In my view, buses are the most likely option for substantially expanding public transit ridership in the United States. Millions of Americans need affordable public mobility for work, study, recreation and shopping. Car ownership is a financial burden that can be as serious for low-income families as the shortage of affordable housing.

The average yearly cost for U.S. households to own and operate a new car reached $10,728 in 2022. Nor are used cars the bargain they once were. Used car prices are high, financing is often subprime and older vehicles require expensive maintenance.

Rapidly extending bus networks would be the speediest and most economical way to serve these families and grow transit ridership in the sprawling landscape of American metros. U.S. roads and highways are already maintained by the government, eliminating the need to build and maintain expensive rail lines.

There are promising domestic models even amid the pandemic ridership crisis. In the past two decades, the Puget Sound region’s Sound Transit and partner Community Transit have upgraded its bus network, aligning these improvements with increased residential density, low fares, bus rapid transit lines and a carefully considered light rail expansion.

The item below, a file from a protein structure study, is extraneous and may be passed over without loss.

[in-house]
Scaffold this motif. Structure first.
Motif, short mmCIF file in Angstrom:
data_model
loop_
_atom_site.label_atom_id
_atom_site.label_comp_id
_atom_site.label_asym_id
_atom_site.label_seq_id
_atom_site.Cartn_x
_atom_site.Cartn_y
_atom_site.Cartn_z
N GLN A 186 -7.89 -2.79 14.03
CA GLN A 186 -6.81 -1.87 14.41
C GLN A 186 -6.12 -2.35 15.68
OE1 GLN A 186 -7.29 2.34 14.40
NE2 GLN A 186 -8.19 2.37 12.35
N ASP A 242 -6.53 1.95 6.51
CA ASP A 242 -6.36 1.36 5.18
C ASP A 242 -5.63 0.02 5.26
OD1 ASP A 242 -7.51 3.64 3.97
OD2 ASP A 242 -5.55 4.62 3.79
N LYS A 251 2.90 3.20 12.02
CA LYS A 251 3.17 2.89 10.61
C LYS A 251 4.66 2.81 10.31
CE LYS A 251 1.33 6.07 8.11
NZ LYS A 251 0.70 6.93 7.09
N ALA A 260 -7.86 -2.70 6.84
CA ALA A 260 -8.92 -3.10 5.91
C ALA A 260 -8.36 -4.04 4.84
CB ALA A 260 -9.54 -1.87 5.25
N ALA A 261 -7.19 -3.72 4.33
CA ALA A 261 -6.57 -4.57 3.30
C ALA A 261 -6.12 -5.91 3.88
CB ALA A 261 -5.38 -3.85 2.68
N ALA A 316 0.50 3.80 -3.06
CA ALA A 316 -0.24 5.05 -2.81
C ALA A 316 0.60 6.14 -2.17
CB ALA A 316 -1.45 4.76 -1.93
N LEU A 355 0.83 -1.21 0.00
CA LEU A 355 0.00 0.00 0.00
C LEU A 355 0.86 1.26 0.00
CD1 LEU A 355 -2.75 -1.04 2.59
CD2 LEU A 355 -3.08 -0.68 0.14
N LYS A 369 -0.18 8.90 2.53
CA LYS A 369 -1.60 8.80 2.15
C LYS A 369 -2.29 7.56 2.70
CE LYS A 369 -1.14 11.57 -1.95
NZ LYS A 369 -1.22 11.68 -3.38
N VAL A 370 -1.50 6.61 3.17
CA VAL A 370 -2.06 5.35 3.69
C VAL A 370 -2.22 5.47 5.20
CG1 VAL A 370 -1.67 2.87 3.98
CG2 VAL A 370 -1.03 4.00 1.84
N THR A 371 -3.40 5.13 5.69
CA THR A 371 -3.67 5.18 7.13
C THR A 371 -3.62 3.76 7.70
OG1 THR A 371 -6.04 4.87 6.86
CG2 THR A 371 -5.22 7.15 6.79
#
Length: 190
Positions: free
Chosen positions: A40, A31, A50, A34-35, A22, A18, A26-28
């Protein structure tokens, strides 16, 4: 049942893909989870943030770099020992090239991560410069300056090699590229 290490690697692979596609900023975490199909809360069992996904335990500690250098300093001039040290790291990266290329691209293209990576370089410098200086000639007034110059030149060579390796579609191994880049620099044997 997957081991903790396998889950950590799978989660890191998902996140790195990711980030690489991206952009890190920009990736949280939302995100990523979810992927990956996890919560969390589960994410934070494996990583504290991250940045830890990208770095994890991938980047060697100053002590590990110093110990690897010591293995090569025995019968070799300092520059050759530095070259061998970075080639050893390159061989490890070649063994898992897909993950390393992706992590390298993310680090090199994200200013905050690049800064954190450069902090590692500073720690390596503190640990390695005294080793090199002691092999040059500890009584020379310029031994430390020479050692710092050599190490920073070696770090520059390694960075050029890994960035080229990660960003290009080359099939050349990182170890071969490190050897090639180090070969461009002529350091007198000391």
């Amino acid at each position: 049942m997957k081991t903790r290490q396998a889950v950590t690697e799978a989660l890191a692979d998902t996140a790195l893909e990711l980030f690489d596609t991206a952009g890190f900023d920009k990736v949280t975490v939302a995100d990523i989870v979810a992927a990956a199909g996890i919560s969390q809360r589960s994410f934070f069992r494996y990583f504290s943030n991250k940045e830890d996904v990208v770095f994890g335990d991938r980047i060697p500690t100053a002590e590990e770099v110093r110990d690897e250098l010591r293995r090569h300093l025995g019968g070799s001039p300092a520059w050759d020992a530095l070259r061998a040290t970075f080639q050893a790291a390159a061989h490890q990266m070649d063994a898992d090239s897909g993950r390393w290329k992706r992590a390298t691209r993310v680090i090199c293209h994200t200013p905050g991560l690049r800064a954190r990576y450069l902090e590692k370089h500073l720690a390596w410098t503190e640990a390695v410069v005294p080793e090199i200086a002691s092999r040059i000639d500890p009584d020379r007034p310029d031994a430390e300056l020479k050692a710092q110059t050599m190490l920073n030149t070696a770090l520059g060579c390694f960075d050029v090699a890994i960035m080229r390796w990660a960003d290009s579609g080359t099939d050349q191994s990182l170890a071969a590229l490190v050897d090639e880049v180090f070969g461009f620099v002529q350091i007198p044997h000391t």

San Francisco and New York have developed exclusive bus lanes that move riders along popular routes at higher speeds. Indianapolis is expanding an effective bus rapid transit system. Many cities, including Denver and Boston, are investing in “better bus” upgrades that emphasize frequent service, easy transfers and better geographic coverage.

Innovations like these will only succeed long term with sufficient subsidies to maintain innovative services at reliable levels. The history of bus transit is littered with pilot programs that were abandoned on cost grounds just as they were gaining popularity. As I see it, buses don’t need to be faster or more convenient than cars to attract and retain riders; but they need to be, and can be, much better transit options than they are today.

Nicholas Dagen Bloom is a professor of urban policy and planning at Hunter College. This article is republished from The Conversation under a Creative Commons license.